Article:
What’s next for 2017: Digital and social
From the rise of Snapchat to the opportunities (and potential problems) of programmatic, industry pros weigh in on where online advertising is headed next year.
It should come as no surprise that digital — specifically mobile — is predicted to increasingly dominate ad spend in the years to come. With digital set to increasingly overtake television in ad spend according to studies from various firms including Warc, IPG Mediabrands and GroupM, the medium is full of potential.
But within that potential lies numerous challenges, from the rise in prevalence of fake news to invalid traffic and a whole lot of new tech and platforms to navigate.
MiC caught up with senior execs, buyers and analysts in the digital media industry to get their take on the year to come in digital.
Jed Schneiderman, president and co-founder of Tapped Mobile, said that with the overwhelming rise in new technology, brands and advertisers simply don’t want to be left in the dark.
“Brands want to know if stuff works,” he said. “From proving conversions to verifying walk-ins [for] retail, marketers will want to know what media spending generates for them, vis-a-vis ROI.”
The logical next step, according to Schneiderman, is agencies and ad tech companies pouring more efforts (and dollars) into cross-device targeting and attribution technology, since customers now “shift seamlessly across screens,” he said.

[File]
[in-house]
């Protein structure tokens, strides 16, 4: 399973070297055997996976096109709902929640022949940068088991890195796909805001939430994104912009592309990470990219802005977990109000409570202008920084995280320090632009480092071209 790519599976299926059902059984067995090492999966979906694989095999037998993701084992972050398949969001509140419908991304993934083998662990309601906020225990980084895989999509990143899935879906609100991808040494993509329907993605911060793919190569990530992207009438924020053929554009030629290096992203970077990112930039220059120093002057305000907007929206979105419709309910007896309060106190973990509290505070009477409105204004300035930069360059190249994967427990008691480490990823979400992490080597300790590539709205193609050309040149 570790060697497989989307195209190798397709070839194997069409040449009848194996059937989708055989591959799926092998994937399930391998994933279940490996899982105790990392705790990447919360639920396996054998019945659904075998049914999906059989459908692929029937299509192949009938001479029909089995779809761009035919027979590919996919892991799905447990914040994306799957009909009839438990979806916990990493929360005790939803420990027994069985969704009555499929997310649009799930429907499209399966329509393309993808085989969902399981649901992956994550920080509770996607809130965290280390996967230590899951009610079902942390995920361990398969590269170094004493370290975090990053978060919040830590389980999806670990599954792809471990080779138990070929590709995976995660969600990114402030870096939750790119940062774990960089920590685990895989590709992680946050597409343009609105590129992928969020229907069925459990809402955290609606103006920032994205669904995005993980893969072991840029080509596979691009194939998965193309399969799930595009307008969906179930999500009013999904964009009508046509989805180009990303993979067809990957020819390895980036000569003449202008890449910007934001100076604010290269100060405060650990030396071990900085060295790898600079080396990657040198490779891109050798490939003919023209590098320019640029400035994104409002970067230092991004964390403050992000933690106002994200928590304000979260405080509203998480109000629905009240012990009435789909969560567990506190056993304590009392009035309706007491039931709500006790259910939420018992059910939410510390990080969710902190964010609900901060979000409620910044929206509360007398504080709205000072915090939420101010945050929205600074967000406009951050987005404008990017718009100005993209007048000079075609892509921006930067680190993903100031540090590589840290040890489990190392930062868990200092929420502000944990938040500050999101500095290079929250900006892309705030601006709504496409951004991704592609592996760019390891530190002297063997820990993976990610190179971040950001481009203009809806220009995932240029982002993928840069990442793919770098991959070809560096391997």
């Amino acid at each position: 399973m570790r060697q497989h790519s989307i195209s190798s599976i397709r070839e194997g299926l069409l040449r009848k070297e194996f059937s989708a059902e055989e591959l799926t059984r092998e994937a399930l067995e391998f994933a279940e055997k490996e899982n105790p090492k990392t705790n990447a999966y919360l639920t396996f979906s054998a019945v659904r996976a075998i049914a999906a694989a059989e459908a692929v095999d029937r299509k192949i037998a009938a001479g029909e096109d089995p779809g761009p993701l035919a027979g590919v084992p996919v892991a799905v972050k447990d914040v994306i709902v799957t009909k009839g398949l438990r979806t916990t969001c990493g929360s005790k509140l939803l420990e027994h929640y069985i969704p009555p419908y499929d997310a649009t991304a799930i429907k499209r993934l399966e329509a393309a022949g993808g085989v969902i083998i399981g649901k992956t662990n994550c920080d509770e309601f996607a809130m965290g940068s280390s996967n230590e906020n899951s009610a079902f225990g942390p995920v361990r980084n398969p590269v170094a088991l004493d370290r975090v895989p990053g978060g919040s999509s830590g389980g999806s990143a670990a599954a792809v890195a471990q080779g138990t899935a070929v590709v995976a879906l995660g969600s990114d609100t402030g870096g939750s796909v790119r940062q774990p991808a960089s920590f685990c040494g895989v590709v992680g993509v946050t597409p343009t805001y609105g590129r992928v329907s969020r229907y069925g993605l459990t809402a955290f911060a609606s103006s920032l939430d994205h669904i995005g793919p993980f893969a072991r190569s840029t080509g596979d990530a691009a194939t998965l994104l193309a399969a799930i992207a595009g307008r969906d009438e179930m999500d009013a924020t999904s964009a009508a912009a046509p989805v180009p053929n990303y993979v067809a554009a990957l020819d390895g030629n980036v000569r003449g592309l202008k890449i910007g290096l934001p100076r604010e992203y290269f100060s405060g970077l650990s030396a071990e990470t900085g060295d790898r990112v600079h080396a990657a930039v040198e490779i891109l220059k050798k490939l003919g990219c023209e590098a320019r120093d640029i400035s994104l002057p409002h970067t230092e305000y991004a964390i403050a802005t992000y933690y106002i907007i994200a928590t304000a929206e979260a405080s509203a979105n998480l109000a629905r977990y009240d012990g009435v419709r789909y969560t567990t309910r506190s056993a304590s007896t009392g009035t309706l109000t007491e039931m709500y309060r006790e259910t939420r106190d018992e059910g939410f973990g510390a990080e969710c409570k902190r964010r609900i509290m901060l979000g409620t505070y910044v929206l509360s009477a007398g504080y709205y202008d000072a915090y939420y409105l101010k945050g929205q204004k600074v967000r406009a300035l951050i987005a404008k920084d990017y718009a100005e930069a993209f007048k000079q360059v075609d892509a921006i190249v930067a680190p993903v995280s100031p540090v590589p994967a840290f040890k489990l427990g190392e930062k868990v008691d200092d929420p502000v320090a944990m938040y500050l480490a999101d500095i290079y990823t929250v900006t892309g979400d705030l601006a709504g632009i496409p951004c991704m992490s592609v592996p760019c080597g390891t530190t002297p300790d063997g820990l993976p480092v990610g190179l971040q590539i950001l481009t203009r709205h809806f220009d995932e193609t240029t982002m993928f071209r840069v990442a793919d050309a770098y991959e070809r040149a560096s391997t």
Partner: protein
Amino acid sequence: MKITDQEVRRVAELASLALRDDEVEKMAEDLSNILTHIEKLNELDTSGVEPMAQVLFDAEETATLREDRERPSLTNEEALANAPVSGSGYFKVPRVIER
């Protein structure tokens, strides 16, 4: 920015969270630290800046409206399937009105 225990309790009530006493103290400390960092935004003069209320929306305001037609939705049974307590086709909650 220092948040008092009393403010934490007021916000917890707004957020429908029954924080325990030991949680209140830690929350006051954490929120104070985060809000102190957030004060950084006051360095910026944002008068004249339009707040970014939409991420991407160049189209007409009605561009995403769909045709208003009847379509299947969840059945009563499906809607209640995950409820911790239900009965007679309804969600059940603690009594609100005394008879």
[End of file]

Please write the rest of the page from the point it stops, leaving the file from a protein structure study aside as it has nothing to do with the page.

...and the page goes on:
Sonia Carreno, president at the Interactive Advertising Bureau (IAB) of Canada, added that this type of cross-device targeting is already on its way to becoming the norm.
“[Digital out of home] is already being purchased programmatically and we anticipate major growth in 2017 as marketers look for tighter omni-channel planning,” she said, adding that IAB Canada has started a digital out of home committee to discuss and address the importance of location-based advertising and how it can tie in to digital media.
Despite the opportunity presented by programmatic, it has also brought about numerous conversations regarding ad fraud. At the IAB Canada’s recent Lets Talk Fraud day, panelists including Drew Bradstock, SVP of product at Index Exchange, spoke of the increasing lack of transparency due to the rise of deep and convoluted ad networks.
“You wouldn’t buy your food from someone’s who’s exchanged the chicken five levels down, but then you do it in ad sales and you’re surprised that there’s fraud?” Bradstock asked onstage at the event.
Schneiderman told MiC that this issue may lead to more marketers creating programmatic in-house or finding other ways to increase efficiencies across the medium. “Programmatic is here to stay but it has to prove its value,” he said.
Brad Cressman, managing director at AOL Canada, said the rise of programmatic has caused some publications and platforms to stand out as so-called walled gardens, keeping their data very close to their chest. This, he said, presents a double-edged sword.
“While these platforms are viewed as fairly controlled environments, it can lead to struggles with transparency,” he said.